The Football Association spent Wednesday trying to contact members of England’s failed 2018 World Cup bid to establish possible further allegations of unethical behaviour by Fifa members following claims made to MPs by Lord Triesman.

Allegations made in parliament on Tuesday against six members of the world governing body’s executive committee continued to reverberate, with Fifa expressing “extreme concern” at the claims.

Fifa issued a statement saying that it had written to David Bernstein, the FA chairman, asking for a full report on the allegations made by his predecessor, Lord Triesman, against four of the members named in parliament.

Lord Triesman, a former chairman of the bid team, reopened the question of Fifa corruption, an issue that haunted the governing body in the run-up to its decision in December to award the 2018 and 2022 World Cups to Russia and Qatar respectively.

He accused the four of unethical behaviour during England’s failed campaign to win support for its 2018 bid. He accused one member of seeking £2.5m to fund an education centre in Trinidad, and another for seeking a knighthood.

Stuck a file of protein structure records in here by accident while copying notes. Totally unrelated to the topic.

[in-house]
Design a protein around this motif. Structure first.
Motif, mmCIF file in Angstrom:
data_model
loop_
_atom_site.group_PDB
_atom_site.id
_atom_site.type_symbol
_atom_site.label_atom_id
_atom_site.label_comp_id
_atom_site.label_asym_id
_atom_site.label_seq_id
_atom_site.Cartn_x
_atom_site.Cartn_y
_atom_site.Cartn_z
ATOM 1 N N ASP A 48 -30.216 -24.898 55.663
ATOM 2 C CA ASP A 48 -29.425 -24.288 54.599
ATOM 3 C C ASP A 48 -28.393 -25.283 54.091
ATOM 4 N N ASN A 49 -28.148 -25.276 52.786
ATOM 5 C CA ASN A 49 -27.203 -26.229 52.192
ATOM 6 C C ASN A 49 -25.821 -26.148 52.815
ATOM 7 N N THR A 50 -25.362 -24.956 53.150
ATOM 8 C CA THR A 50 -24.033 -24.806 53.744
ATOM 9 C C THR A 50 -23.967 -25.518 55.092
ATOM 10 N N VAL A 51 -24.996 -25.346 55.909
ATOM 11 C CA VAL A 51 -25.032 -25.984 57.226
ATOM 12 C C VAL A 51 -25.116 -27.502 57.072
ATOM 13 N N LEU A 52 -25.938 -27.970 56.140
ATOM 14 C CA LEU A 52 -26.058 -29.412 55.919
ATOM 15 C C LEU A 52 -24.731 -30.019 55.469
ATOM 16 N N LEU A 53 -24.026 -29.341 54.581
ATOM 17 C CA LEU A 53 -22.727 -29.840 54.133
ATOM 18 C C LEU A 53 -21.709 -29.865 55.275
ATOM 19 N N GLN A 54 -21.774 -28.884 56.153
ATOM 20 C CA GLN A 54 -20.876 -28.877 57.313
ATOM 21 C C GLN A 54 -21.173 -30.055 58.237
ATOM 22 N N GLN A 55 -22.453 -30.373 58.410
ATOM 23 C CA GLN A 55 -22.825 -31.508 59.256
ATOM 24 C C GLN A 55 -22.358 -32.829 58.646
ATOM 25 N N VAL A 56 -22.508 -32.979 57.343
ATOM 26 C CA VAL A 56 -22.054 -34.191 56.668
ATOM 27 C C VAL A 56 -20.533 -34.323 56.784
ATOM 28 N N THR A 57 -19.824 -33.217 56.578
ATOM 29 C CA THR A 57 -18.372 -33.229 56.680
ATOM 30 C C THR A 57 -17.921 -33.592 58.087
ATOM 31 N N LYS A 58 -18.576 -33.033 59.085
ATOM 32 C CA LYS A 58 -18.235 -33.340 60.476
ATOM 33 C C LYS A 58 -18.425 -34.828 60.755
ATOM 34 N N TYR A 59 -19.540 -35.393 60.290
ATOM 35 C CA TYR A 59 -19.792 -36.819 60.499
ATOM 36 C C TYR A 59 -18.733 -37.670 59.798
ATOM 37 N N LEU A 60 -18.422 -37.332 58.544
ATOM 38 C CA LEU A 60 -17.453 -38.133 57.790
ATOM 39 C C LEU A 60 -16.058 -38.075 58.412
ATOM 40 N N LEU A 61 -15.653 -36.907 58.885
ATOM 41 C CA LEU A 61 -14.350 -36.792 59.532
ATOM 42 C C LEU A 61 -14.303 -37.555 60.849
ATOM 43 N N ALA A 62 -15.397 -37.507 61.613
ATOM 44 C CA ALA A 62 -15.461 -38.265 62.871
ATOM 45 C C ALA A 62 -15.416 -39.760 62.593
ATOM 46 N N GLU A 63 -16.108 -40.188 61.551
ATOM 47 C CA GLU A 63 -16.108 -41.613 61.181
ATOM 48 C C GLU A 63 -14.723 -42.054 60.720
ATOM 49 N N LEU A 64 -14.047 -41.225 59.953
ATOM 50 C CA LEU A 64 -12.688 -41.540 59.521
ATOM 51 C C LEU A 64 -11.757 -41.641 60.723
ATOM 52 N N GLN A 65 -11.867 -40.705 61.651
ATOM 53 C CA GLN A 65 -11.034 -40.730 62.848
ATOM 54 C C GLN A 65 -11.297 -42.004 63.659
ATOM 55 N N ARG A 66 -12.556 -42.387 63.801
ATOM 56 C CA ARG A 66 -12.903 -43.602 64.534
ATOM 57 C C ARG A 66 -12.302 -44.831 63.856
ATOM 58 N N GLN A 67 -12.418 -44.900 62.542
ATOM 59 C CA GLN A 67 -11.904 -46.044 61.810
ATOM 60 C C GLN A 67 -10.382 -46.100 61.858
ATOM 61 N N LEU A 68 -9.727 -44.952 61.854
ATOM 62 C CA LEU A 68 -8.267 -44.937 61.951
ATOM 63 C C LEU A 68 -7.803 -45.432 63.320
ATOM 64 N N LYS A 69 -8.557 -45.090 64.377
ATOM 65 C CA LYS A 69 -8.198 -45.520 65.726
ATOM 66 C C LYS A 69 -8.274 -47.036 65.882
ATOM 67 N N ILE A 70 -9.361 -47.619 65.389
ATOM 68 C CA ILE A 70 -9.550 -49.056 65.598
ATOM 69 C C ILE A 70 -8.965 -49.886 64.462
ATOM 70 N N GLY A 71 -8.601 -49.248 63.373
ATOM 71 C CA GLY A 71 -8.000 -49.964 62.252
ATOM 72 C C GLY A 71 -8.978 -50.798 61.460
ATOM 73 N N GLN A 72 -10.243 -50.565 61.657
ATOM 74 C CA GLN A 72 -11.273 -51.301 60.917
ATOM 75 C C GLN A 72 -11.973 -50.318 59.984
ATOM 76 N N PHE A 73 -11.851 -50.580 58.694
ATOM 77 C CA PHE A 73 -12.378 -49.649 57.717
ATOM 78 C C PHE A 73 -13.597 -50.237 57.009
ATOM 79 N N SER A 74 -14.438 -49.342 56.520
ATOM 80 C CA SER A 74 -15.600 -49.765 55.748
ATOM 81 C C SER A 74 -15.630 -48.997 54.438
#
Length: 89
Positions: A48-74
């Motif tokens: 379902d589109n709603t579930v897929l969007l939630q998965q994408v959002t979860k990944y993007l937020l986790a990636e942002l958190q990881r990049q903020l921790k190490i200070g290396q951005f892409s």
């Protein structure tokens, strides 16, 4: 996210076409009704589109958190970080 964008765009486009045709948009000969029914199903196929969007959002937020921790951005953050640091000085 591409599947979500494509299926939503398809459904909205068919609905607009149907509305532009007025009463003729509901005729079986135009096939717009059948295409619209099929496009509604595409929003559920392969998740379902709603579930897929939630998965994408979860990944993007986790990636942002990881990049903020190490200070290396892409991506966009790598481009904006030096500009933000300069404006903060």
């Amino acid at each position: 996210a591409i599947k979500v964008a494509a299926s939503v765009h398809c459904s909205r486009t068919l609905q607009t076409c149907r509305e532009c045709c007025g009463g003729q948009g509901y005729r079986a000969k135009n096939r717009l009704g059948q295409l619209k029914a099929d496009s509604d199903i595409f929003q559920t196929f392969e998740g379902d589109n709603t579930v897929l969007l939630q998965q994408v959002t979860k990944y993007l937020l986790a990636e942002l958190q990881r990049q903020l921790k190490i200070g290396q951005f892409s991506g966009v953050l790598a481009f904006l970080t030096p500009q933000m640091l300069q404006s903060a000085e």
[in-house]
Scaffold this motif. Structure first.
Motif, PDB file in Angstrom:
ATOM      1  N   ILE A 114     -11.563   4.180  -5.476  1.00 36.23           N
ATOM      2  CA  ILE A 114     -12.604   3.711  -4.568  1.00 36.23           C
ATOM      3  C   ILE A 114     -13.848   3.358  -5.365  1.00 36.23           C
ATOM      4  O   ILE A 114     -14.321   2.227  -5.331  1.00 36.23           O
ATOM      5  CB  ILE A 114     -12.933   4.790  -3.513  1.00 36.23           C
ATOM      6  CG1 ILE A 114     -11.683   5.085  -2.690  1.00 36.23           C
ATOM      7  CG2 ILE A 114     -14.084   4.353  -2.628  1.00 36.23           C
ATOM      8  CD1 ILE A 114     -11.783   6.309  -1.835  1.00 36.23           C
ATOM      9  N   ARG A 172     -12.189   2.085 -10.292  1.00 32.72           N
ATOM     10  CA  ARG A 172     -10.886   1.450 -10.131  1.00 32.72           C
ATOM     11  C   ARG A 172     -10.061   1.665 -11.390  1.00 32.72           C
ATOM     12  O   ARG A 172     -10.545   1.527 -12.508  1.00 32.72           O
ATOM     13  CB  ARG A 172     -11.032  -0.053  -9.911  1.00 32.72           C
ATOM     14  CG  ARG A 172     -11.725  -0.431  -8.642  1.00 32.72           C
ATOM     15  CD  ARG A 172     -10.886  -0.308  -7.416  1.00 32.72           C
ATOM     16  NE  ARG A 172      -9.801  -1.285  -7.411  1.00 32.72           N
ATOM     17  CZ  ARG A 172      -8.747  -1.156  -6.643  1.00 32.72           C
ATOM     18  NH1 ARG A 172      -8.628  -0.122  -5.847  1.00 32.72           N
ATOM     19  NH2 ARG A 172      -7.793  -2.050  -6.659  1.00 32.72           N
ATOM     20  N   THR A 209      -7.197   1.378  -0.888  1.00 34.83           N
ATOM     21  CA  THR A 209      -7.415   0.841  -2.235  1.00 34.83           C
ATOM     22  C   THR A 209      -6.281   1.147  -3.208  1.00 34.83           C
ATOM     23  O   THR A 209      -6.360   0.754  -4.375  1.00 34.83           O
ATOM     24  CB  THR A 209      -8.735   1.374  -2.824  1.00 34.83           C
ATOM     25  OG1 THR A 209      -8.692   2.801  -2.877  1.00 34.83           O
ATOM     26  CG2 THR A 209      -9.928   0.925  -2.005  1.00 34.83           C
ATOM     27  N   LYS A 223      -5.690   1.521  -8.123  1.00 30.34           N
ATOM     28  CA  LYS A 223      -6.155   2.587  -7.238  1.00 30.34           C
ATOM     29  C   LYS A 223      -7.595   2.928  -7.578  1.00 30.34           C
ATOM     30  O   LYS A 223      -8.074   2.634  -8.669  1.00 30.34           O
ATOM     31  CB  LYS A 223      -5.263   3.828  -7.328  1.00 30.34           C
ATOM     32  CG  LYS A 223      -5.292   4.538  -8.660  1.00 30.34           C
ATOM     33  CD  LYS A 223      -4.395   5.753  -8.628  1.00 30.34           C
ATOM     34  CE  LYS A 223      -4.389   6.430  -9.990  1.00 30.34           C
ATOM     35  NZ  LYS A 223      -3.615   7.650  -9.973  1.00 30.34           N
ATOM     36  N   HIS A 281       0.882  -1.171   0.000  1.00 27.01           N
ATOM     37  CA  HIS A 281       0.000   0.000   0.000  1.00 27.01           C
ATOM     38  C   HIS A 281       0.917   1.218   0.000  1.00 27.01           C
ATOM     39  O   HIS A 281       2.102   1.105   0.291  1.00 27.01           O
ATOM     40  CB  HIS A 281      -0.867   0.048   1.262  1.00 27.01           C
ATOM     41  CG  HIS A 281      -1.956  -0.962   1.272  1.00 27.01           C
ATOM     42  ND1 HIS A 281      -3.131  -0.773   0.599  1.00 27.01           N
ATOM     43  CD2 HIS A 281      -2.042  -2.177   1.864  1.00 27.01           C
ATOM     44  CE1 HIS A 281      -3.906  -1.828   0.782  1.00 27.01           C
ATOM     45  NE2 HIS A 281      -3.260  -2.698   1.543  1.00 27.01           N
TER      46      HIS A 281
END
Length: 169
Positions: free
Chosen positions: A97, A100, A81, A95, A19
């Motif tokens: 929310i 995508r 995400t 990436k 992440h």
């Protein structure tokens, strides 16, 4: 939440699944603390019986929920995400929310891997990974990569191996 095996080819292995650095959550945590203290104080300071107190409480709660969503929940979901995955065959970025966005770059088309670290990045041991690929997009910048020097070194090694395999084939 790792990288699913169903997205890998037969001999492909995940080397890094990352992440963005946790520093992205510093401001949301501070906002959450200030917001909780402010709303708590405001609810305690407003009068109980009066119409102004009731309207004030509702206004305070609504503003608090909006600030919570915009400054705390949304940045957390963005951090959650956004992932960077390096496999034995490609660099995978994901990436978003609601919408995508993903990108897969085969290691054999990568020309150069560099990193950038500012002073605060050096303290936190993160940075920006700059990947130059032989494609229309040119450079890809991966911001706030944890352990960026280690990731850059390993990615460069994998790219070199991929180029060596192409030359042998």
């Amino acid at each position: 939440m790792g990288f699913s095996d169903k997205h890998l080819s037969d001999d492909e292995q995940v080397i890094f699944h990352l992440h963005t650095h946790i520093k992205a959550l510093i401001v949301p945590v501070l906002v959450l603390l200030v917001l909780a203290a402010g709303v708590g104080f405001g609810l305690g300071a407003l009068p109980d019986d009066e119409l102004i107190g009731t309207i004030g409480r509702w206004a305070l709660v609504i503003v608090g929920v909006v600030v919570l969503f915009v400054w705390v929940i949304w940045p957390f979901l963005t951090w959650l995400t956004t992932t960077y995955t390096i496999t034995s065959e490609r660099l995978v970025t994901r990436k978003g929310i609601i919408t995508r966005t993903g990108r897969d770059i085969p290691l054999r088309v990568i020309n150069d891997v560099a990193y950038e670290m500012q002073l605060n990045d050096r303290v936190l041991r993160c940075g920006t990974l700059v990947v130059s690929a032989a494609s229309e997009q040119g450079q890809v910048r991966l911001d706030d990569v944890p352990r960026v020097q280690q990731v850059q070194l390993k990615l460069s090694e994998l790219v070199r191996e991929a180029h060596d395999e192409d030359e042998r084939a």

The FA had already begun compiling information and on Wednesday Alex Horne, its chief executive, sent Fifa the first batch relating to the allegations. It is not thought that the FA is working hand in hand with its former chairman, although FA officials do believe the issues “need to be aired”.

The FA has been concerned to establish whether there might be any new allegations to come from those involved in lobbying for the 2018 campaign. Lord Triesman was involved in the bid only until his resignation last May.

If there are any fresh allegations, one issue the FA needs to tackle is how to make them public. Lord Triesman used parliamentary privilege to air his accusations.

Pressure on Fifa rose when Hugh Robertson, minister for sport, suggested that a breakaway of disaffected football associations, including England, was an option unless Fifa reformed. However, he later clarified his remarks, saying the idea of England’s breaking away was not on the agenda.

Two of the Fifa members accused by Lord Triesman, Ricardo Teixeira of Brazil and Nicolás Leóz of Paraguay, issued statements denying the allegations. Jack Warner, a Fifa vice-president, has also denied the claims against him.

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